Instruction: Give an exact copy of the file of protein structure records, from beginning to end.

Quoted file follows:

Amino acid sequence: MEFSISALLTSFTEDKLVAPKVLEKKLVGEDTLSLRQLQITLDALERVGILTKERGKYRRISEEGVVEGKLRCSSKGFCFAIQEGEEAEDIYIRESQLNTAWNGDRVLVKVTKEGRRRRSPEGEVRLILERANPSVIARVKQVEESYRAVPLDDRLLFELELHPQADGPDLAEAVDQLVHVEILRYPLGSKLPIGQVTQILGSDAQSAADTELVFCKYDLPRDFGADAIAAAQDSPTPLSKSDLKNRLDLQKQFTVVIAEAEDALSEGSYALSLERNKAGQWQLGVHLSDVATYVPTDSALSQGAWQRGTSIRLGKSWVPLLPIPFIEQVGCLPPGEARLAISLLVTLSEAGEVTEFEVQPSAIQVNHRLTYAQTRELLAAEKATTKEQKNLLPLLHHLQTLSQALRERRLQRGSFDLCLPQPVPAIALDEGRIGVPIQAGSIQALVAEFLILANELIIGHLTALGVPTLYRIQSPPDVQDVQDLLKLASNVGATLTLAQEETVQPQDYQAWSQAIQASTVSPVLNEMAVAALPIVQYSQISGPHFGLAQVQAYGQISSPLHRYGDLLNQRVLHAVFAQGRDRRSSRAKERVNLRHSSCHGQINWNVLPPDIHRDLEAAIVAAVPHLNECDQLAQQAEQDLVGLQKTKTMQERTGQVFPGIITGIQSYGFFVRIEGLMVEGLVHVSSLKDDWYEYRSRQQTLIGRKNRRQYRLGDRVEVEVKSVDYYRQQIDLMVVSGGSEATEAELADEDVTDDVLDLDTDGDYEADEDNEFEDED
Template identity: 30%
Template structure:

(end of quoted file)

Amino acid sequence: MEFSISALLTSFTEDKLVAPKVLEKKLVGEDTLSLRQLQITLDALERVGILTKERGKYRRISEEGVVEGKLRCSSKGFCFAIQEGEEAEDIYIRESQLNTAWNGDRVLVKVTKEGRRRRSPEGEVRLILERANPSVIARVKQVEESYRAVPLDDRLLFELELHPQADGPDLAEAVDQLVHVEILRYPLGSKLPIGQVTQILGSDAQSAADTELVFCKYDLPRDFGADAIAAAQDSPTPLSKSDLKNRLDLQKQFTVVIAEAEDALSEGSYALSLERNKAGQWQLGVHLSDVATYVPTDSALSQGAWQRGTSIRLGKSWVPLLPIPFIEQVGCLPPGEARLAISLLVTLSEAGEVTEFEVQPSAIQVNHRLTYAQTRELLAAEKATTKEQKNLLPLLHHLQTLSQALRERRLQRGSFDLCLPQPVPAIALDEGRIGVPIQAGSIQALVAEFLILANELIIGHLTALGVPTLYRIQSPPDVQDVQDLLKLASNVGATLTLAQEETVQPQDYQAWSQAIQASTVSPVLNEMAVAALPIVQYSQISGPHFGLAQVQAYGQISSPLHRYGDLLNQRVLHAVFAQGRDRRSSRAKERVNLRHSSCHGQINWNVLPPDIHRDLEAAIVAAVPHLNECDQLAQQAEQDLVGLQKTKTMQERTGQVFPGIITGIQSYGFFVRIEGLMVEGLVHVSSLKDDWYEYRSRQQTLIGRKNRRQYRLGDRVEVEVKSVDYYRQQIDLMVVSGGSEATEAELADEDVTDDVLDLDTDGDYEADEDNEFEDED
Template identity: 30%
Template structure: